Every year the American Transportation Research Institute (ATRI) releases a study on traffic congestion on the nation’s highways. The most recent Cost of Congestion to the Trucking Industry report, found that congestion in 2016 added $74.5 billion to the trucking industry’s operational cost, a 0.5% increase from 2015 figures.
In addition to adding cost, these delays added about 1.2 billion hours in lost productivity. As ATRI explains, it that is the equivalent to 425,533 truck drivers sitting idle for an entire year. On a per truck basis, congestion is costing $6,478 a year.
It should come as no surprise that congestion is worse in urban areas — 91% of total congestion costs occurred in metropolitan areas. And with the growth of e-commerce and next- or same-day delivery, that congestion is likely to get worse, not better. Known as the “Amazon Effect,” we are seeing people bypassing retail outlets and purchasing online instead. While this creates additional transportation opportunities it undoubtedly adds to congestion especially when you consider that somewhere between 30% and 40% of goods ordered online are returned.
Any way you look at it, we’re wasting a lot of money and time because trucks are sitting in traffic. What these figures tell me is that route optimization is more important than ever.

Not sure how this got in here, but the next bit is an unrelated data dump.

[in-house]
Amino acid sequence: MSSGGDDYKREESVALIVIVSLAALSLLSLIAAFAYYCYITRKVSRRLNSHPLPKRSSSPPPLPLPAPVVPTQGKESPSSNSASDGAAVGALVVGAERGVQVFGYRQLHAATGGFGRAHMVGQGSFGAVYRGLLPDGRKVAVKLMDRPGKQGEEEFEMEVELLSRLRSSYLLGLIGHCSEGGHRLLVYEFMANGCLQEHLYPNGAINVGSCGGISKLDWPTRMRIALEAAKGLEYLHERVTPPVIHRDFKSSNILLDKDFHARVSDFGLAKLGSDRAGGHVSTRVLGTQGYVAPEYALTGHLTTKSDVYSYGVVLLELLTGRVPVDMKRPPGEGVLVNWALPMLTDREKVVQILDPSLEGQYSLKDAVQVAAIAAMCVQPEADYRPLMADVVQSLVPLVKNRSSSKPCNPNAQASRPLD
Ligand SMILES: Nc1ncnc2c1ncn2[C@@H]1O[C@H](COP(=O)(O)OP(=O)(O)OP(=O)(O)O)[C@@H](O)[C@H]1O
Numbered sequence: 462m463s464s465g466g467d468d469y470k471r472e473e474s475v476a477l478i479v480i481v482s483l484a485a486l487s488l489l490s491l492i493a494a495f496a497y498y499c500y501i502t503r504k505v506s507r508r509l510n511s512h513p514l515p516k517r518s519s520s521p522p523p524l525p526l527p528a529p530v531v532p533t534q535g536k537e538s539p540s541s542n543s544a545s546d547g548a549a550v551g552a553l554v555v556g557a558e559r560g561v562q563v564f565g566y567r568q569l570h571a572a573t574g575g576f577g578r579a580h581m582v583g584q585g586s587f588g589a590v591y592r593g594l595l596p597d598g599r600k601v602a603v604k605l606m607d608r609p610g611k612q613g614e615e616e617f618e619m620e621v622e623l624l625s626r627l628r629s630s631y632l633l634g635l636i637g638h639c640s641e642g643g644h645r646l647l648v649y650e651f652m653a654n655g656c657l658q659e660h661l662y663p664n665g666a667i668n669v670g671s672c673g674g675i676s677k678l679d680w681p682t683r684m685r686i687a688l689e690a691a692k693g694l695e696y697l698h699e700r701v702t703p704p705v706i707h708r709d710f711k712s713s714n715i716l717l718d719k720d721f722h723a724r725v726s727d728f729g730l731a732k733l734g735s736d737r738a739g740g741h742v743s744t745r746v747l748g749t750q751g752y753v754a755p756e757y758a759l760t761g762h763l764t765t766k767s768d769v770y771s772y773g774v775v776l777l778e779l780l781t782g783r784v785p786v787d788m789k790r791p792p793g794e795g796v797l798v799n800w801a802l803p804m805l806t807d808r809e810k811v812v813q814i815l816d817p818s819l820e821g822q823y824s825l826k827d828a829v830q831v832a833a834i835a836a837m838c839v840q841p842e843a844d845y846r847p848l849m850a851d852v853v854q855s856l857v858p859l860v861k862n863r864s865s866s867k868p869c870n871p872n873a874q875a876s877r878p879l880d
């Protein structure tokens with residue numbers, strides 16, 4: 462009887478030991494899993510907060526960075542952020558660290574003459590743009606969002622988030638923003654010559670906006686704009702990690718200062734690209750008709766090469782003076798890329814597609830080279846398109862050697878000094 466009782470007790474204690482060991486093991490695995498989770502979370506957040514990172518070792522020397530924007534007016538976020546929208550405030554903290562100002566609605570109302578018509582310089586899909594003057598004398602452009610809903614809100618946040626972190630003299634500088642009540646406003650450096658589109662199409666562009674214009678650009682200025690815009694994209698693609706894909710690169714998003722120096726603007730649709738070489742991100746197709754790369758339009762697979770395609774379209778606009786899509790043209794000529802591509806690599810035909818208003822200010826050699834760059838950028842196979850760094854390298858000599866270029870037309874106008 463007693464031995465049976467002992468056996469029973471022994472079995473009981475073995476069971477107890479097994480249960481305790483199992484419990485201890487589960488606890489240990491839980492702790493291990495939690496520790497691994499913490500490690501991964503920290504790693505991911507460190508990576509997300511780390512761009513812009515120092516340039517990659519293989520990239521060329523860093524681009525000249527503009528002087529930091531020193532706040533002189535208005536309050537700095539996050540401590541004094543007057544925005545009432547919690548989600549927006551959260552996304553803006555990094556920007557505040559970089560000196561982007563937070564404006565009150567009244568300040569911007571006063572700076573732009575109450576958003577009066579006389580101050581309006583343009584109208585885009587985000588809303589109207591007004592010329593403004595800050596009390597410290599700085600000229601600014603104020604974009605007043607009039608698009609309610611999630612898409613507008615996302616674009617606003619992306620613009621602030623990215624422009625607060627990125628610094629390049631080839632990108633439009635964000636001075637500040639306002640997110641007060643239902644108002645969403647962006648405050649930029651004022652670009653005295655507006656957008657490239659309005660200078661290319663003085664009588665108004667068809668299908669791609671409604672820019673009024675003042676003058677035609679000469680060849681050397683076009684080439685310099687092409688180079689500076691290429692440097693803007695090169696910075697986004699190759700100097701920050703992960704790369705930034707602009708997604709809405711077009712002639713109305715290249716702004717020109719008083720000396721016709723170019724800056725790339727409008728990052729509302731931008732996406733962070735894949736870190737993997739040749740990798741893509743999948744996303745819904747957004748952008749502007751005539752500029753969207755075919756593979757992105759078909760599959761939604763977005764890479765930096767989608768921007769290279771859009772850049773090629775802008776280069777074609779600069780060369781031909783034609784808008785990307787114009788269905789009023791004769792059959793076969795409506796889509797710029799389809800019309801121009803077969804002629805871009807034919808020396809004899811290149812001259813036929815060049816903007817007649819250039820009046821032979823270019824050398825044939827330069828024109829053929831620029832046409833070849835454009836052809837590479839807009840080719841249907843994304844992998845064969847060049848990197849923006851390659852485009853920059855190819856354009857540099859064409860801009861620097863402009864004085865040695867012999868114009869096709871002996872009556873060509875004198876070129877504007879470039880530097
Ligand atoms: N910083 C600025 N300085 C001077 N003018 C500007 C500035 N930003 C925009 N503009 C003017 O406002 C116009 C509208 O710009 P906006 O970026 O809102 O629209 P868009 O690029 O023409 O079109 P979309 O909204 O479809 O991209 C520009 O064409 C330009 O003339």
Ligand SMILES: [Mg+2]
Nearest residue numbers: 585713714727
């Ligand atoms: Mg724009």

All too often a fleet has drivers continually using routes that were set up years ago. This is one of those cases where everyone thinks everything is working properly so why mess with it. The reality is that if you are not periodically reviewing your routing decisions, you likely are not operating as efficiently as you could be. You may have made an acquisition or merged with another entity requiring more or different products being put on different routes. You may have added or lost customers. Customers may have changed their buying habits, which could allow for different delivery days, etc. All of these and others not mentioned have impacted your product distribution. These need to be factored into your route optimization decisions.
Optimizing your routes is a good business practice, but the situation with congestion is not going to get significantly better until we do something about the state of the nation’s infrastructure. Each of us needs to speak to our legislators to make sure they understand what congestion is costing the trucking industry and by association business, industry and even consumers. Urge them to allocate funds to deal with some of the worst bottlenecks at the very least, but preferably to address the overall crumbling infrastructure across the country.
Until that happens, it will be up to each fleet to see that they are routing trucks in the most efficient manner to avoid as much congestion as they can and to ensure each truck is as productive as possible.